a) Pertaining to one who contemplates or is introspective and thoughtful.

1873 Compared with the greatest poets, he may be said to be the poet of unpoetical natures, possessed of quiet and contemplative tastes. But unpoetical natures are precisely those which require poetic cultivation. This cultivation Wordsworth is much more fitted to give, than poets who are intrinsically far more poets than he. — John Stuart Mill, Autobiography, [ Chapter 5.]

b) Pertaining especially to a contemplative Roman Catholic religious or one of the contemplative Roman Catholic religious orders.

1870 Whether the nuns of yore, being of a submissive rather than a stiff-necked generation, habitually bent their contemplative heads to avoid collision with the beams in the low ceilings of the many chambers of their House [...] may be matters of interest to its haunting ghosts (if any), but constitute no item in Miss Twinkletons half-yearly accounts. — Charles Dickens, The Mystery of Edwin Drood, [ Chapter 3]

2. noun
A cloistered Roman Catholic religious.

The Dominican is the image of St. Dominic. As a canon of Osma, before he became an apostole, he was a contemplative. Here is how Jordan of Saxony describes these years at Osma: "Day and night he frequented the church, giving himself without interruption to prayer. Redeeming the time by contemplation, he scarcely left the walls of the monastery." — William A. Hinnebusch, O.P., Dominican Spirituality: Principles and Practice [ online here]

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  • Contemplative — Con*tem pla*tive, a. [F. contemplatif, L. contemplativus.] 1. Pertaining to contemplation; addicted to, or employed in, contemplation; meditative. [1913 Webster] Fixed and contemplative their looks. Denham. [1913 Webster] 2. Having the power of… …   The Collaborative International Dictionary of English

  • Contemplative — Con*tem pla*tive, n. (R. C. Ch.) A religious or either sex devoted to prayer and meditation, rather than to active works of charity. [1913 Webster] …   The Collaborative International Dictionary of English

  • contemplative — index circumspect, cogitative, deliberate, pensive, politic, speculative Burton s Legal Thesaurus. William C. Burton. 2006 …   Law dictionary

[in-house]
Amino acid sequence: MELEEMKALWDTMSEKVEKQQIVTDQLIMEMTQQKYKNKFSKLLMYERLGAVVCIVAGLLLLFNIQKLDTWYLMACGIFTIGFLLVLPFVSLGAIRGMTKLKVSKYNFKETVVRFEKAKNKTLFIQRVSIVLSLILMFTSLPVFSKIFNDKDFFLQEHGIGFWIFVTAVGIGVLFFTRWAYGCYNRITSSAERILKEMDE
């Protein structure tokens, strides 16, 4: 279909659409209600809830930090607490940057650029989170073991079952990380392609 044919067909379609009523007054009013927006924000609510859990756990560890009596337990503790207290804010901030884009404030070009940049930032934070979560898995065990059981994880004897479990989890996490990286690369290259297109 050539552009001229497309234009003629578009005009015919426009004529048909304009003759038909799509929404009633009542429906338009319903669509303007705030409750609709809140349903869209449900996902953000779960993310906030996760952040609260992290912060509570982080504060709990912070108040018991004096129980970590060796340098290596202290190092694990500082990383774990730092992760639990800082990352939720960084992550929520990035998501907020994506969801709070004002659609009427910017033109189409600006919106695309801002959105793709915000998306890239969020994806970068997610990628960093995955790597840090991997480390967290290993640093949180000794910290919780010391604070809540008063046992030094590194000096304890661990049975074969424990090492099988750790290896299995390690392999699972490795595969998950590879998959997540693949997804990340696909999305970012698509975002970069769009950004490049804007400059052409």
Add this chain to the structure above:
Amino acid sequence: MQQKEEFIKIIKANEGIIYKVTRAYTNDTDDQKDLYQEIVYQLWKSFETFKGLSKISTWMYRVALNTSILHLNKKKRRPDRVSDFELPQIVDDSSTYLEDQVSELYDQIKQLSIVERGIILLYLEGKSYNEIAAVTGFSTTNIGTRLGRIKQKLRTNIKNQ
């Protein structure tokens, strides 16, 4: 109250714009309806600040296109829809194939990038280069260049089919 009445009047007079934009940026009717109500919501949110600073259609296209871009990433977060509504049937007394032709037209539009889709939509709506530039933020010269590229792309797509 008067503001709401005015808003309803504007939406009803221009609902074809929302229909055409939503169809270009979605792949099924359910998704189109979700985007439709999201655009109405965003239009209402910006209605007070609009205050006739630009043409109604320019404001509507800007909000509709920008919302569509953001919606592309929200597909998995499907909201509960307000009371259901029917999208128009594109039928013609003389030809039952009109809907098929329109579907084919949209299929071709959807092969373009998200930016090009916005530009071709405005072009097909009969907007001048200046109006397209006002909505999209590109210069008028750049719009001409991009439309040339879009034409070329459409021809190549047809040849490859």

• contemplative — (adj.) mid 14c., from O.Fr. contemplatif (12c.), from L. contemplativus, from contemplat , pp. stem of contemplari (see CONTEMPLATION (Cf. contemplation)) …   Etymology dictionary

  • contemplative — meditative, reflective, *thoughtful, speculative, pensive Analogous words: *intent, rapt, engrossed, absorbed: musing, ruminating, pondering (see PONDER): reflecting, cogitating, reasoning, thinking (see THINK) …   New Dictionary of Synonyms

  • contemplative — [adj] deep in thought attentive, cogitative, in brown study*, intent, introspective, lost, meditative, musing, pensive, pondering, rapt, reflecting, reflective, ruminative, speculative, thinking, thoughtful; concepts 402,403 Ant. disdainful,… …   New thesaurus

  • contemplative — ► ADJECTIVE ▪ expressing or involving contemplation. ► NOUN ▪ a person whose life is devoted to prayer, especially in a monastery or convent. DERIVATIVES contemplatively adverb …   English terms dictionary

  • contemplative — [kən tem′plə tiv΄, kän′təm plāt΄iv] adj. [ME contemplatif < OFr < L contemplativus] of or inclined to contemplation; thoughtful; meditative n. one who is dedicated to religious meditation, esp. in a religious order SYN. PENSIVE… …   English World dictionary

  • contemplative — ● contemplatif, contemplative adjectif et nom (latin contemplativus) Qui se livre à la contemplation : C est un esprit contemplatif. ● contemplatif, contemplative (citations) adjectif et nom (latin contemplativus) Georges Charles, dit Joris Karl… …   Encyclopédie Universelle

  • contemplative — [[t]kənte̱mplətɪv[/t]] ADJ GRADED Someone who is contemplative thinks deeply, or is thinking in a serious and calm way. Martin is a quiet, contemplative sort of chap... I went for long, contemplative walks by the river... Life there is slow and… …   English dictionary

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